Over the past ten years, Kosovo has developed a solid juvenile justice system that aims to treat children aged between 14 and 18 who are in contact with the law in a way that respects their human rights. The necessary laws, procedures, institutions, and capacities are mostly in place to treat children in accordance with the relevant legal international standards. Furthermore during 2018 support was provided to the functioning of the new open educational correctional facility for juveniles through development of the internal regulation, job description, training curricula and provision of professional training for the staff. Moreover in 2019, the amended Juvenile Justice Code has entered into force, improving the protection of the rights of children in contact with the law, in line with the recommendations of the United Nations Committee on the Rights of the Child. However, limited capacity, along with lack of coordination between correction, probation service and Centres for Social Work limit the ability of the system to reintegrate children and prevent recidivism. Together with our partner EU in Kosovo, we have established a correctional facility in Lipjan, Kosovo, as a treatment-based alternative that employs continuous guidance and counseling to a juvenile while not depriving them of their freedom. This alternative measure allows us to tackle the root of the problem rather than punish the child. Read the booklet.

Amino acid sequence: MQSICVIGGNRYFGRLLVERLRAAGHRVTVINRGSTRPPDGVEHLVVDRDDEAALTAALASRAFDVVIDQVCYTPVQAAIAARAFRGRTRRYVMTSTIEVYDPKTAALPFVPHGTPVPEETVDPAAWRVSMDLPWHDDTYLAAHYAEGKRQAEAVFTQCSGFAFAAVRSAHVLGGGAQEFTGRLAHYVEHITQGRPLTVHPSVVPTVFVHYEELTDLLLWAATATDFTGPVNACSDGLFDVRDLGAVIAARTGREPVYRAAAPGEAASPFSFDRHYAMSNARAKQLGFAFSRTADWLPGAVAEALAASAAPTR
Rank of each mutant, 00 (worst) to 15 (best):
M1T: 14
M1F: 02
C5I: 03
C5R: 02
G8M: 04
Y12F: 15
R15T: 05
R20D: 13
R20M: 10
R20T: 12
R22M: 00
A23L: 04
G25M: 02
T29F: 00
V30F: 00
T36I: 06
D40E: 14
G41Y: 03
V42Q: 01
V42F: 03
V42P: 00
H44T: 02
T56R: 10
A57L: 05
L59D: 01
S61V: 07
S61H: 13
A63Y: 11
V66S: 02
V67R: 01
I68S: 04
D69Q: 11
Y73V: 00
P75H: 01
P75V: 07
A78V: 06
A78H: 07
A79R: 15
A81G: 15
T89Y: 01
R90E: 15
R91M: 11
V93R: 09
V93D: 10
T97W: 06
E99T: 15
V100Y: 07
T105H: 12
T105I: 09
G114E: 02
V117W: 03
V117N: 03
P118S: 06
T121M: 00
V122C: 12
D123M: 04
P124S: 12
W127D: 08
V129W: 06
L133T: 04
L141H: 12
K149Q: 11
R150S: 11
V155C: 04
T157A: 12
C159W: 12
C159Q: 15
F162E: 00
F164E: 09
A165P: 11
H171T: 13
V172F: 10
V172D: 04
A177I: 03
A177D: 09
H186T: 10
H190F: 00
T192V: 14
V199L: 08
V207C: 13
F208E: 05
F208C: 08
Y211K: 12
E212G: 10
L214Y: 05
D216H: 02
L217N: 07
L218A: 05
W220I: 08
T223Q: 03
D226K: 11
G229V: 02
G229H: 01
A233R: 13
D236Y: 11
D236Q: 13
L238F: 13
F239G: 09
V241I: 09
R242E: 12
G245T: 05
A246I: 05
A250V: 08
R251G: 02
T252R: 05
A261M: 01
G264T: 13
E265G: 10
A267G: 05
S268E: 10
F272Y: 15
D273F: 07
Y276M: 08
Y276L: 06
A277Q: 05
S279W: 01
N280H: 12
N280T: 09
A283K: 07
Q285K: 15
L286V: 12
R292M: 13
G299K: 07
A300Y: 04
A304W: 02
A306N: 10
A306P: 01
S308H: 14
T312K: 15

Violence against children
61 percent of children age 1-14 years in Kosovo had been subjected to at least one form of psychological or physical punishment by household members during the previous month (71% among Roma, Ashkali and Egyptians)